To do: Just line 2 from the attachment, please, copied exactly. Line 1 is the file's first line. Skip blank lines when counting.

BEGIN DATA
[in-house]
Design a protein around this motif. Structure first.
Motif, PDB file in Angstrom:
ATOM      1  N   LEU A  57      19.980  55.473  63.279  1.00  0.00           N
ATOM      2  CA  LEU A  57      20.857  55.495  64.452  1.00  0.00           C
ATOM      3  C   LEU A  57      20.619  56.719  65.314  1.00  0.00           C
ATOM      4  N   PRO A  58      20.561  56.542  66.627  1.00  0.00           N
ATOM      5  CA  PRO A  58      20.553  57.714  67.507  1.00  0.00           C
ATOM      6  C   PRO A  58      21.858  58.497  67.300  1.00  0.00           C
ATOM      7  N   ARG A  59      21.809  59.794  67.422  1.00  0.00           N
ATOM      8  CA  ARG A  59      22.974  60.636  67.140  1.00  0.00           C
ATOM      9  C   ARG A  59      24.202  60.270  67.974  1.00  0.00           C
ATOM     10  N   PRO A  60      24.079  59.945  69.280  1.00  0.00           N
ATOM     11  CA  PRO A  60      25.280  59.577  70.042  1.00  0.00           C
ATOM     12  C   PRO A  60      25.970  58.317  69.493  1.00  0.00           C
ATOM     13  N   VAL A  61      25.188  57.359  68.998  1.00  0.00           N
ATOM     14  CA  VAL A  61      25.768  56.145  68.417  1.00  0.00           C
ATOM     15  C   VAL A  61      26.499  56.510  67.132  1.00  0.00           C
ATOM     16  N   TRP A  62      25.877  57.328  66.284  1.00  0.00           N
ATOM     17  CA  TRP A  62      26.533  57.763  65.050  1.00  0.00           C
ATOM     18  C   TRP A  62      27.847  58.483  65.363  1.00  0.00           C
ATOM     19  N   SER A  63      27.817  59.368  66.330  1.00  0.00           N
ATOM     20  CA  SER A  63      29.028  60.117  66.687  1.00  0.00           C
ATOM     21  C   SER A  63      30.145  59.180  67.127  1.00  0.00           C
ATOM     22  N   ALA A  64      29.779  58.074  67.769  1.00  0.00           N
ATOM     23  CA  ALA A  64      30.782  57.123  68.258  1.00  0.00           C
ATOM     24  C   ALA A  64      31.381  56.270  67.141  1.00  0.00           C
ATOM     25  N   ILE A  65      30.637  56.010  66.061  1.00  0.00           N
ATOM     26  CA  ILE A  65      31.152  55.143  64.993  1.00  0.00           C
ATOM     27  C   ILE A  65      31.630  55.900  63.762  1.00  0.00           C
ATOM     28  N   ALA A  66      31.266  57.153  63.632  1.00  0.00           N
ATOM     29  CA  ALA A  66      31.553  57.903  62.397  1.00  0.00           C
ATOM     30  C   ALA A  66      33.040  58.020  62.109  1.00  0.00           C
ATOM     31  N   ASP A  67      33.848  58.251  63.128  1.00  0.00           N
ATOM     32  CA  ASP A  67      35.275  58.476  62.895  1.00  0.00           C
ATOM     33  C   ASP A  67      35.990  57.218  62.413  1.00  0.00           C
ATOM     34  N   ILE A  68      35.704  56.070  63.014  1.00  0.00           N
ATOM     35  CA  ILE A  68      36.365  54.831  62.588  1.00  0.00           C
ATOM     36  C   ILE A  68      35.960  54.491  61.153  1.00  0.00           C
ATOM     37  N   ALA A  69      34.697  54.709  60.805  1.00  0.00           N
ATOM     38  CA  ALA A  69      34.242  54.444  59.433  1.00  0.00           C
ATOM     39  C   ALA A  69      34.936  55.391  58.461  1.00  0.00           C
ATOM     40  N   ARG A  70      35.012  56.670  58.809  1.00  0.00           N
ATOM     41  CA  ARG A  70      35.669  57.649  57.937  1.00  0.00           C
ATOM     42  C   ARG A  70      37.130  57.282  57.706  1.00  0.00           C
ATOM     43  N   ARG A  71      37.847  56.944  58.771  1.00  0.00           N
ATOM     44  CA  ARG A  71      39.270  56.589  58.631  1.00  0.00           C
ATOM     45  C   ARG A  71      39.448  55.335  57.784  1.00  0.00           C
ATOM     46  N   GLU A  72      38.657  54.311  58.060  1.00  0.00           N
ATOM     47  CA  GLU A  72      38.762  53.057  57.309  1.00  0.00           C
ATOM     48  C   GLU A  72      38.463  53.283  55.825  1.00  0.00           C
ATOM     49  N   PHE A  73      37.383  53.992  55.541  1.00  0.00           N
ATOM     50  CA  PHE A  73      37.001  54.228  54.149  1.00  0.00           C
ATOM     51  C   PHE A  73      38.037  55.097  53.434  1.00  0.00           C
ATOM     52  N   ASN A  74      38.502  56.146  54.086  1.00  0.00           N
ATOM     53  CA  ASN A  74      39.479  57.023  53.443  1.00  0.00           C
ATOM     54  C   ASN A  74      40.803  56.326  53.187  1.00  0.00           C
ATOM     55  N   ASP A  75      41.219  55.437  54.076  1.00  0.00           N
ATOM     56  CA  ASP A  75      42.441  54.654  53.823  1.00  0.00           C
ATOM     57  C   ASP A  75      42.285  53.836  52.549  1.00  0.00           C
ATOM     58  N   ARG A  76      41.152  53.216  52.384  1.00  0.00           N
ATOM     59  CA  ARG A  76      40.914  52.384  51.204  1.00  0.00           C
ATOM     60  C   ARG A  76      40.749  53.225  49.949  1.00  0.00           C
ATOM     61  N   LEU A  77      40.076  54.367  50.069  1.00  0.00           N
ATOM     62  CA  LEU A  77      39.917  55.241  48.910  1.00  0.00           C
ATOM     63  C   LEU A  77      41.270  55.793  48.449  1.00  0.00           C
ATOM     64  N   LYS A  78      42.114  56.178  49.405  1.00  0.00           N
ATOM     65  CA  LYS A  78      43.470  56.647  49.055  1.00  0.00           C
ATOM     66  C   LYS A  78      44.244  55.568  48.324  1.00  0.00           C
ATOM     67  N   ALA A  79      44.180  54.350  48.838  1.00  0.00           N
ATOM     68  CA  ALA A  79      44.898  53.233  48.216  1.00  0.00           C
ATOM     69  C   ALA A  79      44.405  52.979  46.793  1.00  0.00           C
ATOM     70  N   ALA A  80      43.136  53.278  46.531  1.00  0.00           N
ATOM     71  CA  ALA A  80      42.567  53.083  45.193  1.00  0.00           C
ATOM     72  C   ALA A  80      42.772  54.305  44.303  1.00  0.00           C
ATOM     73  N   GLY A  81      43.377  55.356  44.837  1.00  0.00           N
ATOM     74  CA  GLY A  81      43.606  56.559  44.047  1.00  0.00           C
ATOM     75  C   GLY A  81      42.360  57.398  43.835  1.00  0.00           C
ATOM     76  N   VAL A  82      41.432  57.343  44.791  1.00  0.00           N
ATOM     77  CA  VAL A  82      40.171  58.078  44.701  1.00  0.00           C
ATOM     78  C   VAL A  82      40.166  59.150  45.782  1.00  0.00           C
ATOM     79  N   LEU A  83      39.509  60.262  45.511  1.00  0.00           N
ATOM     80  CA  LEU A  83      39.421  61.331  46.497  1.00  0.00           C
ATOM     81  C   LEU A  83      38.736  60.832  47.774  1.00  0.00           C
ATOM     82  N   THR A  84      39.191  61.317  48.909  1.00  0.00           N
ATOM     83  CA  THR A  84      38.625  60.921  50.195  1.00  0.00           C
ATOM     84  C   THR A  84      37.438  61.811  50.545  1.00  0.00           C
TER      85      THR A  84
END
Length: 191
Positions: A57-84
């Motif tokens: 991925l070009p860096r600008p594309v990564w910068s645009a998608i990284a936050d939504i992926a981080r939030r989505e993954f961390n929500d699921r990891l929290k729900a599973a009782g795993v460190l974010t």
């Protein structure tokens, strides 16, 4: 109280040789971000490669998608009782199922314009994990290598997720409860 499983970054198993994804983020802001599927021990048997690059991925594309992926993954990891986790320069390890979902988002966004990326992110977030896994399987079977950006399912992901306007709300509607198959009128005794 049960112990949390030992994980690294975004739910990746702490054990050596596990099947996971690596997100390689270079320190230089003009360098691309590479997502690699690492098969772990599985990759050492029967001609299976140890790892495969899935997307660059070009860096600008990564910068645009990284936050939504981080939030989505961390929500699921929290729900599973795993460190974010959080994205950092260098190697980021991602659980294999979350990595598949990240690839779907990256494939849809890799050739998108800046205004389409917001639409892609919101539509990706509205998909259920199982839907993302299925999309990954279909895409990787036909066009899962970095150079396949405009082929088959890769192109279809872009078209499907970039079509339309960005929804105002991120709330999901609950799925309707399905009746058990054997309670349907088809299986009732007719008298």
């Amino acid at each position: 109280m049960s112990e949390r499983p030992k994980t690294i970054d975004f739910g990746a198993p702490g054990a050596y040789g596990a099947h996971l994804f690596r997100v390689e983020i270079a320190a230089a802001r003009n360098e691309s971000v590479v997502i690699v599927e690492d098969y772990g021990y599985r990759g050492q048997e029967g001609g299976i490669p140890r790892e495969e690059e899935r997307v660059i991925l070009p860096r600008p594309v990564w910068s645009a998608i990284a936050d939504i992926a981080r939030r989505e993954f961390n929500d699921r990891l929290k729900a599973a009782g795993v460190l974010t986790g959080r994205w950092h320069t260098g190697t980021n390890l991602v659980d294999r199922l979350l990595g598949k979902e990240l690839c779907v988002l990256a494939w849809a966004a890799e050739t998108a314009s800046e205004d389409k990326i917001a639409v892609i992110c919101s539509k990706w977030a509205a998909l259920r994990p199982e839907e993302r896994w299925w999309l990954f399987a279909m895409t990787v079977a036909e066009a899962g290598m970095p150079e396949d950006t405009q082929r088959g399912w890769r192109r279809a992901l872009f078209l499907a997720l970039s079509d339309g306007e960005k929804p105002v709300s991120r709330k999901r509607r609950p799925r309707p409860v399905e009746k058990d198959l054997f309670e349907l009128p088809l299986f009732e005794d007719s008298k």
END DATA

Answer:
Design a protein around this motif. Structure first.